What’s happened in recent years is that Google has introduced a new model for their advertising, which suddenly makes the ads that you’re seeing far more personalised, and in their opinion far more relevant to you. This is called remarketing (or retargeting) advertising, and it’s based on the websites you’ve previously visited and the actions you have (or haven’t) performed, as well as reading your Google account profile demographics. Now website owners could show adverts to people which were even more relevant, which encouraged the viewer to click the advert, thus generating them more money (and generating Google money too). This cookie-based advertising allowed Google to generate more revenue from their advertising network, whilst at the same time helping publishers to make more money – and the advertisers didn’t mind because it also helped them to sell more product, so everyone’s a winner.
One of the problems we’ve seen with the Google Display Network is that it seems they’re far too lapse on which type of website they’re allowing onto their scheme. There are a number of very right-leaning newspaper groups who use Google Display Ads on their website to generate revenue, where you can find adverts mixed in along anti-immigrant, body-shaming, or sexual content, just to name a few examples. Although Google claims to have strict conditions to bound by when joining their advertising program (see list below), and various terms and conditions to accept, it seems they are happy to turn a blind-eye when it comes to big publishers ignoring these requirements.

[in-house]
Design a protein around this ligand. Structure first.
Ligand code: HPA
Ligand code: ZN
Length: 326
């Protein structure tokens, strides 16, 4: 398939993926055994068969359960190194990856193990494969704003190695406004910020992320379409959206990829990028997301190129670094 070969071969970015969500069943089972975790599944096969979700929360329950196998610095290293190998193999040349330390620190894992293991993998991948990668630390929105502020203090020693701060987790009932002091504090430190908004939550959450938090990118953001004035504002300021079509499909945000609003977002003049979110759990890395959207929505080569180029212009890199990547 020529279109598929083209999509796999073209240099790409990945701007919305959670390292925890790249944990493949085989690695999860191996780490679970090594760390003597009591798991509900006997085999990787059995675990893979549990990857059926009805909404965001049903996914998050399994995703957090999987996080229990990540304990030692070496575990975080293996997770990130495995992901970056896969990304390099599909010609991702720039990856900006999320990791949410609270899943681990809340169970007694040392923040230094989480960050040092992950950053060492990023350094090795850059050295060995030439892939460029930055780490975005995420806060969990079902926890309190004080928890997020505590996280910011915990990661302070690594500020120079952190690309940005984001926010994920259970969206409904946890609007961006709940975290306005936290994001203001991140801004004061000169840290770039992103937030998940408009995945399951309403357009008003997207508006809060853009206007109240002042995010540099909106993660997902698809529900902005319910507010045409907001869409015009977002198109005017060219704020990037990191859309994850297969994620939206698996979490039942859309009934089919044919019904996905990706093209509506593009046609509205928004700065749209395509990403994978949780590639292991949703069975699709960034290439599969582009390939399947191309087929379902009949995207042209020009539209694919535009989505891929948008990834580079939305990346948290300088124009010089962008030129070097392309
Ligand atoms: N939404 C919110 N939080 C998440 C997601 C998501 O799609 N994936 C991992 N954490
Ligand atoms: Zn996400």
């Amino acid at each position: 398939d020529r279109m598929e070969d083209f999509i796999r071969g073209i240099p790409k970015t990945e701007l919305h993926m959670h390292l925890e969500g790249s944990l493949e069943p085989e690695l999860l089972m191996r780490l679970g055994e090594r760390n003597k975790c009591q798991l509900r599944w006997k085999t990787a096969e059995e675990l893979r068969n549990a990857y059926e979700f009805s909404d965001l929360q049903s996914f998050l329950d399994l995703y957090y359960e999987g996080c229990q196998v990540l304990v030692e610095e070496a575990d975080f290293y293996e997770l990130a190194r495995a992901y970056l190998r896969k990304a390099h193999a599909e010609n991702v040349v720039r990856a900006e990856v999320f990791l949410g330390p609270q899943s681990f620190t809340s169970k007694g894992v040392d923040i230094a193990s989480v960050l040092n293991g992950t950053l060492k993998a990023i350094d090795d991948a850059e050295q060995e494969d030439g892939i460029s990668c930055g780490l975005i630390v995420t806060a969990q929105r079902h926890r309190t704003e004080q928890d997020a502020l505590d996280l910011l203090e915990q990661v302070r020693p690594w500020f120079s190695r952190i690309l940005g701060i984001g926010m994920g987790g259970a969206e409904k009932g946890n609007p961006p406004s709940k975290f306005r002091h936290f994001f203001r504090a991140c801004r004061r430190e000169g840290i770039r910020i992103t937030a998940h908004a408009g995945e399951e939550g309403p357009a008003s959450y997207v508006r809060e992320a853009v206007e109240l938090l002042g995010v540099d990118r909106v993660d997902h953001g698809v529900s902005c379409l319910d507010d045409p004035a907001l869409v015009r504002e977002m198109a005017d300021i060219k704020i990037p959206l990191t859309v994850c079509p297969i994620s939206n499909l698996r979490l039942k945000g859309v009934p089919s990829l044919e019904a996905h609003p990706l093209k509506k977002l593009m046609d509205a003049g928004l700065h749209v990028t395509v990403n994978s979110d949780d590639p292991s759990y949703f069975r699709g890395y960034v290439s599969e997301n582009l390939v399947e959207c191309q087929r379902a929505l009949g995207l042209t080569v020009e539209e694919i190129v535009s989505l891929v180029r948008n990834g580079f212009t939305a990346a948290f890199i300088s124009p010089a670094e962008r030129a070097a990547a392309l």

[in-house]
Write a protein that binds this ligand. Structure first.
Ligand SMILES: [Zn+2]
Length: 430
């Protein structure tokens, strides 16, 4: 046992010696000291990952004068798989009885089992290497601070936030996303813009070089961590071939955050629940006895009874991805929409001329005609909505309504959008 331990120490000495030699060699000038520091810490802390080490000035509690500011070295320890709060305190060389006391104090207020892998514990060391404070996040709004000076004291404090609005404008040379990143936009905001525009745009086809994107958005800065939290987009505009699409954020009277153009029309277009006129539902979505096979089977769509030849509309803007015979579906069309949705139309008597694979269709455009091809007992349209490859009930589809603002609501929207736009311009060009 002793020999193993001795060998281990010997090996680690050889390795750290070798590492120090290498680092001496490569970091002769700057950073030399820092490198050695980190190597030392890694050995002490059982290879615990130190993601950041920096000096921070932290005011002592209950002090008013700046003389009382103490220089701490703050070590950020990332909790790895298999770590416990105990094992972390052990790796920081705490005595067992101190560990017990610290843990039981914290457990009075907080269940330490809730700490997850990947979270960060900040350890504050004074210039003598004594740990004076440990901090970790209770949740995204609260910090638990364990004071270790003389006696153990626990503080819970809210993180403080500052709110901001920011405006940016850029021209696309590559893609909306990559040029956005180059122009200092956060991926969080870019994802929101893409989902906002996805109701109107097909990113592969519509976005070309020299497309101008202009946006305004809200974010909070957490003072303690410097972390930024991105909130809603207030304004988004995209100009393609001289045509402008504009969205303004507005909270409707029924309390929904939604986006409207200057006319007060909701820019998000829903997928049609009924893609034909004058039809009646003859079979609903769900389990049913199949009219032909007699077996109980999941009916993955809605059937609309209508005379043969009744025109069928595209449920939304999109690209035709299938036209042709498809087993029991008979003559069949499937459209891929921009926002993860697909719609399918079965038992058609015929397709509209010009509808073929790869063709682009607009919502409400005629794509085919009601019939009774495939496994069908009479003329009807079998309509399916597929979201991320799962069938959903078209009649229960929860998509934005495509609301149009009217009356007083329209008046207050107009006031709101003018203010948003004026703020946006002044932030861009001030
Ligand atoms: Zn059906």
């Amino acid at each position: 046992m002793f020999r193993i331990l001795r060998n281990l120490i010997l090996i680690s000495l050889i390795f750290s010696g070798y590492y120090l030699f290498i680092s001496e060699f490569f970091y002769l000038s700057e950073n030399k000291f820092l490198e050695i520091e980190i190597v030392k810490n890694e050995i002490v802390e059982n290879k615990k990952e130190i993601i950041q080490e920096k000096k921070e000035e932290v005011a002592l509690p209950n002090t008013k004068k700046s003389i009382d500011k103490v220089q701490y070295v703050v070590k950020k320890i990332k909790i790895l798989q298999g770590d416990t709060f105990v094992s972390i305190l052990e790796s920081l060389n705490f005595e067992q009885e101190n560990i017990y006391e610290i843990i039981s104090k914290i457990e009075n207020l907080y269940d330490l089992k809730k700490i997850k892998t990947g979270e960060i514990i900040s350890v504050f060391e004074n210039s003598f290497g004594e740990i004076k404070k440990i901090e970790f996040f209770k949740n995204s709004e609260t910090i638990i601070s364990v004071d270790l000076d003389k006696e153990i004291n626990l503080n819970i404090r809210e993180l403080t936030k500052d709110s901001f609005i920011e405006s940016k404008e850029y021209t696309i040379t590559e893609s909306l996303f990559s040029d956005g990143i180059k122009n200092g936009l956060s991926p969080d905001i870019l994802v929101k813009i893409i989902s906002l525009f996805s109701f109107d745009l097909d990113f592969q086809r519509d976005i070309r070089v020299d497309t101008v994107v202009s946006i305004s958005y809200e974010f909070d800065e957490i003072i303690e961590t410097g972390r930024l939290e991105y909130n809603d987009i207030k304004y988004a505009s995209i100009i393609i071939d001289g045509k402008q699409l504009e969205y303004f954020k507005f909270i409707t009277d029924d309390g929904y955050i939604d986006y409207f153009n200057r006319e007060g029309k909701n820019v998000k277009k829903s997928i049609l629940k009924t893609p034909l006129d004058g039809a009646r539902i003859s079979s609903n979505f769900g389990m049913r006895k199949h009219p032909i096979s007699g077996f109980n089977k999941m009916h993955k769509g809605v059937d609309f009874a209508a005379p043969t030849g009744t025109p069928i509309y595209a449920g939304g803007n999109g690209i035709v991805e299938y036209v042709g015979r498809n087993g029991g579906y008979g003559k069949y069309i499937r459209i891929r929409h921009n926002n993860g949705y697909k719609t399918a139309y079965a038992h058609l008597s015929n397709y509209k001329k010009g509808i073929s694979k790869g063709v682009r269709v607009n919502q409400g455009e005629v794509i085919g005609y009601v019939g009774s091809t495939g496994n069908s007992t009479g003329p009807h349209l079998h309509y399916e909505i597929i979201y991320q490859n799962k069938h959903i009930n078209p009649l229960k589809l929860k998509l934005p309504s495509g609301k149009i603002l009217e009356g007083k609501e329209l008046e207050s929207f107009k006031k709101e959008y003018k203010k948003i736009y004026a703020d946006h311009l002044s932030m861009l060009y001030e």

On the other-side of the fence, as an advertiser, when you’re creating an advertising campaign on the Google Display Network there are options to exclude your adverts from appearing on certain types of content. These include adult material, material of a sensitive-nature (tragic events and such like), etc. However even by excluding these types of ad placements, it doesn’t seem to actually work most of the time – ads may still send up on the likes of The Sun or the Daily Mail.
Take this example from the Sun Newspapers website. Here you can clearly see their Google Display Ads (in this case showing an advert for BT) highlighted alongside content which to us (and call us old-fashioned), is of a sexual nature.
Or this advert for New Balance trainers on the extremely right-wing Breitbart website.
So why does Google turn a blind eye to these blatant examples of breaking their own terms and conditions? Is it simply because by doing so their own revenue stream would be hit? And as a consumer of BT or New Balance would you be willing to buy their products considering they advertise (and fund) the likes of The Sun, or Breitbart? Remember – ads on these sites fund both the site they appear on, whilst Google also takes a slight cut of the deal. For example, the CPC (cost per click) of a retargeting ad on The Sun might be £0.40 (cost to the advertiser, say BT in this example), whilst Google might pay out £0.30 to the website owner (The Sun, or News Media UK), so Google keeps £0.10 from the “action”.
This is the big reason behind the Don’t Fund Hate campaign – ultimately we want to make more people aware of businesses which are helping to fund these right-wing, hate-spreading and fear mongering groups. This isn’t about shutting these sites down, but more about pulling the funding in which they need to be able to operate.